5 of 5 people found this review helpful

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This is the reason men are going their own way

It is a book that everyone should be aware of. We as a society need to cure the issues in men, not cure the symptoms.

2 of 2 people found this review helpful

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BRAVO!

This is revolutionary and life changing work. It has helped me overnight. Just like turning the lights on in a room; this book is the light switch -will bring light to- the issue that all males do not want to face. Thank you for your life's work Dr. Farrell & Dr. Gray. Truly, Thank You.

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Excellent Discussion of a Critical Topic

I’ll begin with a caveat: this review applies only to the portion of this book written by Warren Farrell. For more on John Gray’s (thankfully) small section of the book, see the final paragraph.

The Boy Crisis is an incredibly thoughtful book written by a man who has been actively working to improve the lives of every member of our society for decades. His more recent focus on the gender specific problems of men and boys came about because of the great need of men and boys for advocacy, advocacy at the level seen with certain women’s groups. I say certain to underline that some women’s groups view the denigration of men as equivalent to the elevation of women. The author is well aware of this trend of portraying men negatively and unfairly, but not once does he allow resentment or bitterness to slip into his discussion. Rather, Farrell’s equanimity and grace give further clout to his message. This is not about men vs. women. It is about men and women helping each other find better lives for themselves and their children.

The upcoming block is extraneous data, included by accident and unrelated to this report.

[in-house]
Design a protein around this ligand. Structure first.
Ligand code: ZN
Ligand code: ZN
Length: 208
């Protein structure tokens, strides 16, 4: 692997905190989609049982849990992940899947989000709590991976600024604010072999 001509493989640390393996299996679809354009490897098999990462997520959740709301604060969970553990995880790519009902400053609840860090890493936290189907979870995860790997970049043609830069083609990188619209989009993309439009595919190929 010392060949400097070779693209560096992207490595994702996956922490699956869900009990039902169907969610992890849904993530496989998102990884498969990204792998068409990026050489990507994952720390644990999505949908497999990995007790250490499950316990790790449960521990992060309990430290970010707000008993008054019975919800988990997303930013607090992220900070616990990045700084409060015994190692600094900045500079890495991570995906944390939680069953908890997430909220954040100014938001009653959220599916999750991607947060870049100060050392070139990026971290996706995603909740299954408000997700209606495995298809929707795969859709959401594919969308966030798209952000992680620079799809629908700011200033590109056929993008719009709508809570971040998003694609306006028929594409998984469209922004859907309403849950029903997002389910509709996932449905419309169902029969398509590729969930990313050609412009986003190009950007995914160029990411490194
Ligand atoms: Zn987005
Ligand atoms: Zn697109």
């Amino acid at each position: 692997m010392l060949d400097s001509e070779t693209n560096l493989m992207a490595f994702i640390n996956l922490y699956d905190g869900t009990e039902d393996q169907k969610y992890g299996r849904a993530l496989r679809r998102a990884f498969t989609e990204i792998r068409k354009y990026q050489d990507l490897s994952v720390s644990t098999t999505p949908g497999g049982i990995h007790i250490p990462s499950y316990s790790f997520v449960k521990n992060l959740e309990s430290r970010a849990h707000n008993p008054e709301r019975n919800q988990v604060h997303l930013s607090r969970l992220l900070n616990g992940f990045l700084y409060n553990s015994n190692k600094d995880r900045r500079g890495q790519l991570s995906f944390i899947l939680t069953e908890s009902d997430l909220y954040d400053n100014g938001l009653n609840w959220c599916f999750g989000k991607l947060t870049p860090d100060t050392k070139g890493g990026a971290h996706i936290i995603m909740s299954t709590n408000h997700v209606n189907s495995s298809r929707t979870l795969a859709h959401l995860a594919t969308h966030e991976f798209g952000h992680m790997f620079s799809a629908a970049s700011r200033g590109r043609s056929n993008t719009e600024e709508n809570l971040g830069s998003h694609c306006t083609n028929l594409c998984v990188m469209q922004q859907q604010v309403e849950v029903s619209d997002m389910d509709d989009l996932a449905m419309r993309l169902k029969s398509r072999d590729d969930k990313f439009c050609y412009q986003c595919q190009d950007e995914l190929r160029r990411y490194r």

Farrell brings to light the huge, but largely ignored, struggles that men and boys face in our society today. From the societal expectation that, “As a male, I am disposable,” to the terrible dilemma that fathers face where showing love by providing at work (as is expected of him by family and society) paradoxically alienates him from the family that gives his life meaning. Farrell also ties in, with a poignant story from his own life, the blatant discrimination against fathers in family and divorce court. This discrimination is also seen in the ACA legislation, in federal committees, and in popular media.

This book personally resonated with me. It gave voice to so many social injustices that face men and boys today. It also underlines, with statistics and stories of actual sufferers, how society today doesn’t seem to care about those injustices. Indeed, how does the “wage gap” still get so much attention when the “workplace death gap” and the “suicide gap” receive none?